Verizon Report: Insider breaches prove troublesome for healthcare

Verizon has released their yearly Protect Health Information Data Breach Report. The results show that the healthcare sector is unique from other industries in that insider threats were more common than external ones, comprising about 58% of healthcare breaches. But why?

From a standpoint of internal actors, the access that healthcare workers have to personal information of patients affords a convenient means to commit fraud of various types (for example tax return fraud or opening lines of credit). Insiders are also frequently prone to curiosity, and the accessing of patient data outside of their job responsibilities is reflected in the 94 instances where fun is the motive behind the data breach. For example, the admission of a family member, acquaintance or well-known personality into a hospital can present a temptation for employees who have technical access to that patient’s health record but no direct role in providing care or services to that patient. Any unwarranted access into that patient’s record simply to appease their curiosity would be (and is) considered a breach. Lastly, convenience as a motive comes into the picture when insiders do something that will make it easier for them to get their work done, but as a consequence also puts data at risk. An example would be violating data handling policies by storing sensitive data on unapproved hardware.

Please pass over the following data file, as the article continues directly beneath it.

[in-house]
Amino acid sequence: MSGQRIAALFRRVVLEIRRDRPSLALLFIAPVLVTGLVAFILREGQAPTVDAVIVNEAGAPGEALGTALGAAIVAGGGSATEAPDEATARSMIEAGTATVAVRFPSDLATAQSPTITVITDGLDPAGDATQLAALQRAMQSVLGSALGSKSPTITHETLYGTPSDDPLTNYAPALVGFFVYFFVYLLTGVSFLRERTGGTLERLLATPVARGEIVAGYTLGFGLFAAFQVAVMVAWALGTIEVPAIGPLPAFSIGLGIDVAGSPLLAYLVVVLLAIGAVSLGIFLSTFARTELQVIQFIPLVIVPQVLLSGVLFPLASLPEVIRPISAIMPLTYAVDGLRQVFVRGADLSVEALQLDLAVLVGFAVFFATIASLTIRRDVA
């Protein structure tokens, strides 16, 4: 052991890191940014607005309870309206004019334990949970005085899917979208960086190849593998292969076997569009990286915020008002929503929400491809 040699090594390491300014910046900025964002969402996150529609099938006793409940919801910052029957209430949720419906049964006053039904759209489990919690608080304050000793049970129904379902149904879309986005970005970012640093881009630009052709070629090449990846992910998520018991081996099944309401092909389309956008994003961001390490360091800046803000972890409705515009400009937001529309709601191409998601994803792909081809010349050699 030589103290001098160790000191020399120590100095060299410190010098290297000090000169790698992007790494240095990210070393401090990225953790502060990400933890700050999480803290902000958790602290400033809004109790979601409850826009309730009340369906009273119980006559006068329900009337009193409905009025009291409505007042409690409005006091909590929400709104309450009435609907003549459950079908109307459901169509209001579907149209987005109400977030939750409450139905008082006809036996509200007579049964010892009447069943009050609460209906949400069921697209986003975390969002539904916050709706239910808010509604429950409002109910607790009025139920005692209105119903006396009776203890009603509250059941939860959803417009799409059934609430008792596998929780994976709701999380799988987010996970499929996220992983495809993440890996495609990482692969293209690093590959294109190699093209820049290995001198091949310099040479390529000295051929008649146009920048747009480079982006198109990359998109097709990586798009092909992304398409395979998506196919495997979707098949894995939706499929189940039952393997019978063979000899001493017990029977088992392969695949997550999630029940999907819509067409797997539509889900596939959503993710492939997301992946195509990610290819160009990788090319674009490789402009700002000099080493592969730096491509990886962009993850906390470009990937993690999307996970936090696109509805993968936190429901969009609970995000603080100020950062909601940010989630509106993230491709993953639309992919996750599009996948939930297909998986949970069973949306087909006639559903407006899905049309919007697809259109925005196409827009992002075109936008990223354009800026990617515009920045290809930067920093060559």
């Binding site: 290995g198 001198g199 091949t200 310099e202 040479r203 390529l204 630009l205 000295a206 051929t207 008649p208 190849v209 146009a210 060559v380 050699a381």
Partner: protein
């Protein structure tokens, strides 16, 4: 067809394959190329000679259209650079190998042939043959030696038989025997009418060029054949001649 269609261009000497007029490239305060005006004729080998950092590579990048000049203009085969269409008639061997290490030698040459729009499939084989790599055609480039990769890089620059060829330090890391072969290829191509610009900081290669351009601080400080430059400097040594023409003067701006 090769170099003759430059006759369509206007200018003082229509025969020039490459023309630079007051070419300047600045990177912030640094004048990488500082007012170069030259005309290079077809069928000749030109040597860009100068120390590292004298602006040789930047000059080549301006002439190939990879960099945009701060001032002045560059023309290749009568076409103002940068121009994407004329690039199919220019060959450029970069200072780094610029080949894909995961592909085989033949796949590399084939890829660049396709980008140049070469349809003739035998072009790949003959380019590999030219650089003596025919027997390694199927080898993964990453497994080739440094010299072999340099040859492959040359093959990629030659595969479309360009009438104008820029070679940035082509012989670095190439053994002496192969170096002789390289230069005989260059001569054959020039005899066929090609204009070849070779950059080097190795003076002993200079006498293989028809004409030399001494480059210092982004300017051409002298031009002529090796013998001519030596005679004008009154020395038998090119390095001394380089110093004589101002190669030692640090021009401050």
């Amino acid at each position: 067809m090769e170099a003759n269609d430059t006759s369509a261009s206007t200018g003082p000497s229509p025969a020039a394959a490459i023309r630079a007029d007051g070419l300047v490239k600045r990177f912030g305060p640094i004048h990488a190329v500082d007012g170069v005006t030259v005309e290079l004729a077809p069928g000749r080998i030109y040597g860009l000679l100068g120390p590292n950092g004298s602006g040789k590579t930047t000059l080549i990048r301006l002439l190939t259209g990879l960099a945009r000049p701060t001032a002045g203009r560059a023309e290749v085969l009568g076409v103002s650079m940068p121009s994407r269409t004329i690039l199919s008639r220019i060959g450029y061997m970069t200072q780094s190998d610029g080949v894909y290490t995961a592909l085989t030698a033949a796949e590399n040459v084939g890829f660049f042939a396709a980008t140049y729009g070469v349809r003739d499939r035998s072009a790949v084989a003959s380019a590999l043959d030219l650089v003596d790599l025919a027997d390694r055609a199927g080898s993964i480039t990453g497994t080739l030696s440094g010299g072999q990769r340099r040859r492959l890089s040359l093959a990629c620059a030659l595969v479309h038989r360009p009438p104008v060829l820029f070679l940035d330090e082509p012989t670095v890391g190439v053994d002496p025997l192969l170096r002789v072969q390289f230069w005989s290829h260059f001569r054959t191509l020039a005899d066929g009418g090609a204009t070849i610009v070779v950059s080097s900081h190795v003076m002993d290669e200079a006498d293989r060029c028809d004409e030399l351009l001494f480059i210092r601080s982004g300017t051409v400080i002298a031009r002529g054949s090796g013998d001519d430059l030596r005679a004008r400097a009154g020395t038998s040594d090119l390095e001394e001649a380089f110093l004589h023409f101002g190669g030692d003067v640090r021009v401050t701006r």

So how can the healthcare industry stop these insiders from exposing protected data? While technical safeguards will certainly help, it is really up to the people inside an organization to do their part. Proper training and awareness of HIPAA and data security best practices are essential to ensuring patients' data remains secure.